Articles Under: Catechesis and Culture

The seventeenth chapter of John’s Gospel captures an intimate conversation between Jesus and God the Father. Jesus and his disciples will soon cross the Kidron Valley and enter into the Garden of Gethsemane. He will be arrested and enter into his Passion. “The hour has come” (Jn 17:1). Earlier in John’s Gospel, when Mary approaches Jesus at the wedding at Cana, Jesus responds by saying, “My hour has not yet come” (Jn 2:4). Later, when Jesus heals on the Sabbath, the people seek to arrest him, but “no one laid hands on him, because his hour had not yet come”... Read more
“About Jesus Christ and the Church, I simply know they’re just one thing, and we shouldn’t complicate the matter.” [1] These are the striking words of St. Joan of Arc, boldly spoken as she stood trial. “They’re just one thing” because Jesus himself described his relationship to the nascent Church as the relationship of vines united to a single branch (cf. Jn 15:1–5). In other words, while distinctions are not difficult to find between Christ and the Christians who make up the Church, at root (forgive my pun), they are one living thing. We live in a time of heightened... Read more
For more information about the celebrations for the University's 75th Anniversary, please go to 75.franciscan.edu . Or call (740) 283-3771 .Read more
To find out more information or to apply, click here or call (740) 283-3771 .Read more
Editor’s Introduction : The last one hundred years have seen significant developments in how the Church has understood the nature of her catechetical mission. There has been both a movement toward the past and a movement toward the future: a desire to recover the dynamism seen in the teaching of Christ and the catechesis of the early Church as well as an eagerness to help catechists meet new challenges by thoughtfully engaging contemporary insights. Three catechetical directories have been written, as well as summaries from numerous Study Weeks and official documents, through which we can trace a compelling description of... Read more
A powerful narrative exists within the popular culture that the advancements of modern science pose an existential threat to religious belief. This narrative, popularized by many influential authors, argues that scientific discovery is gradually upending the stranglehold Christian “superstitions” have held over the popular imagination. Nowhere is this apparent conflict more evident than in the field of evolutionary biology. For example, Christians maintain that we are made in the image and likeness of the Creator, yet many advocates of evolutionary theory claim humans are a meaningless twig on the evolutionary tree of life. This view holds such force that Pope... Read more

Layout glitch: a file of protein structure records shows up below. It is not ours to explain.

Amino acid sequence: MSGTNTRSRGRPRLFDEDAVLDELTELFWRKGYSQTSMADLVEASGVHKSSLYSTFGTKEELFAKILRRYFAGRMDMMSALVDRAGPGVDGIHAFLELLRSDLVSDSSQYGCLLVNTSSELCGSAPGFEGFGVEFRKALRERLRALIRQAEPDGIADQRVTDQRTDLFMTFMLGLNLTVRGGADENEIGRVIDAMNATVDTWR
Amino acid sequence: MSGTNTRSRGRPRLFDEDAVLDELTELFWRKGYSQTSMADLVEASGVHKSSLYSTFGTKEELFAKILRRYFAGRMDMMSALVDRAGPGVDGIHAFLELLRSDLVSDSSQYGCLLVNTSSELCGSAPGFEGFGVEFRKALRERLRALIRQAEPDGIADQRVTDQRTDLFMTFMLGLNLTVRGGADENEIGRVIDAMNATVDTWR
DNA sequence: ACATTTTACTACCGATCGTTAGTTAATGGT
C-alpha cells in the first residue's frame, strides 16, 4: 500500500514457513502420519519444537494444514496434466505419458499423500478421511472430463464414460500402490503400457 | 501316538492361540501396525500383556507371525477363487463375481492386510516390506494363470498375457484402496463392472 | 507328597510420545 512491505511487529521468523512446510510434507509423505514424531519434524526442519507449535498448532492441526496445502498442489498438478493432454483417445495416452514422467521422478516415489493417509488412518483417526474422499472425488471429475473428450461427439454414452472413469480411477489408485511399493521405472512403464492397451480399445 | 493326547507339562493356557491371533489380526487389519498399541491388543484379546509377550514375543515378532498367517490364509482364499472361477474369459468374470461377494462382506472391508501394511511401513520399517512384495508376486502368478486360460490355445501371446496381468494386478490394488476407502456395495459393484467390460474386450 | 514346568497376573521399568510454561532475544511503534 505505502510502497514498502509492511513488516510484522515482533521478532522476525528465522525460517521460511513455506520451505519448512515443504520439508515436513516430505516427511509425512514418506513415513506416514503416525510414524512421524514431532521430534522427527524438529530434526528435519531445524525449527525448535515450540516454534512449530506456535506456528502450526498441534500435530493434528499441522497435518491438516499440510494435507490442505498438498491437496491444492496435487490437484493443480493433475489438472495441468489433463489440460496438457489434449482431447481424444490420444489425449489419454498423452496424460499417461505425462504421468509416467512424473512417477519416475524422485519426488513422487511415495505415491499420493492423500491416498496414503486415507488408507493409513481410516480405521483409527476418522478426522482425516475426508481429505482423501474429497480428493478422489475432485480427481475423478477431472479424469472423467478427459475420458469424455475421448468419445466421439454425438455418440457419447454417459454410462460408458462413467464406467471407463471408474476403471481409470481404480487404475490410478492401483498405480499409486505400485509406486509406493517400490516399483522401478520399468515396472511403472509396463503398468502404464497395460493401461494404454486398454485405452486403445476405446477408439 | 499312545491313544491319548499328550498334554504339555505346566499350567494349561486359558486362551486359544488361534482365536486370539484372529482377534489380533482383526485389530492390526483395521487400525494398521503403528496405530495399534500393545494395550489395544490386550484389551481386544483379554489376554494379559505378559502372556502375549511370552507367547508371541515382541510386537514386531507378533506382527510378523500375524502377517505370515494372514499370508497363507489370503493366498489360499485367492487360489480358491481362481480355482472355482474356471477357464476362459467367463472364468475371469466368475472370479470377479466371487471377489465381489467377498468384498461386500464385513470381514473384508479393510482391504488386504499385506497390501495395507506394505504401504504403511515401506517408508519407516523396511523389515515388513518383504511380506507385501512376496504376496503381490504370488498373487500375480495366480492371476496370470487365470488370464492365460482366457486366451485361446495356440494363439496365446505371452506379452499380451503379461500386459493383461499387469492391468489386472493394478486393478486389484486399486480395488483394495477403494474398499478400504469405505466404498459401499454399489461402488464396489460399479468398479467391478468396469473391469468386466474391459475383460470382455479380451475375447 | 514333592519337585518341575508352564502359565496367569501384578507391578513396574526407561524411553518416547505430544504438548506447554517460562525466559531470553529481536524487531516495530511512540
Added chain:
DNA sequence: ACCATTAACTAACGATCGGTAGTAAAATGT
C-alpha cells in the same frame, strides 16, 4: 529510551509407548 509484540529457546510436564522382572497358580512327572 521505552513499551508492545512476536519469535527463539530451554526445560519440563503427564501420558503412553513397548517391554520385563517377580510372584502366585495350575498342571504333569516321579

There have been some very good books written in the past few years centered on helping parishes to become mission-focused. One of the best of these is a ninety-page book published by the University of Mary, From Christendom to Apostolic Mission: Pastoral Strategies for an Apostolic Age . Monsignor James Shea, in his preface to the book, describes a fundamental cultural shift of recent decades that is dramatically accelerating. We are living in an era of transition away from the relatively comfortable confines of a Christendom-oriented relationship with culture to a new and much more challenging environment. A Catholic (or... Read more
In 2020, the Shepherds of the Church gave us a treasure in the new Directory for Catechesis . Dr. Farey was a member of the working party for the bishops on the new Directory and continues additional reflections on its practical implications from the last issue and will finish in the next issue. It is an unswerving Catholic conviction that “The Christian community is the origin , locus and goal of catechesis” (DC 133, my emphasis). This phrasing is taken directly from the catechetical directory of 1997 (GDC 254). Other Christians would not claim this so explicitly. They are more... Read more
Some people approve of “baby-worship;” others don’t. I’m one of the worshippers. Baptizing babies—the younger the better—is one of the greatest joys of my priesthood. I love to see and hear babies at Mass. They preach a far better sermon than I could ever do. By raising their voices in praise of God, they tell us that a mother has had a baby, and that her faith is so fundamental to her life that she wants to bring the child to Mass with her. Thank God for mothers and fathers and babies! On Christmas Day Our Lady and St. Joseph,... Read more
The following is a true conversation that took place in my classroom with a group of seventh graders. I was pregnant with my daughter, Annie, at the time: Student: Mrs. Deighan, when Annie is in middle school, are you going to let her have a Tik Tok? Me: Absolutely not. Besides, fourteen years from now, Tik Tok probably won’t be popular anymore. Student: But it’s Tik Tok! Me: Let me ask you something: have you ever heard of Myspace ? Another student: What’s that? Me: My point exactly. This conversation was certainly not a stand-alone one. There have been many... Read more

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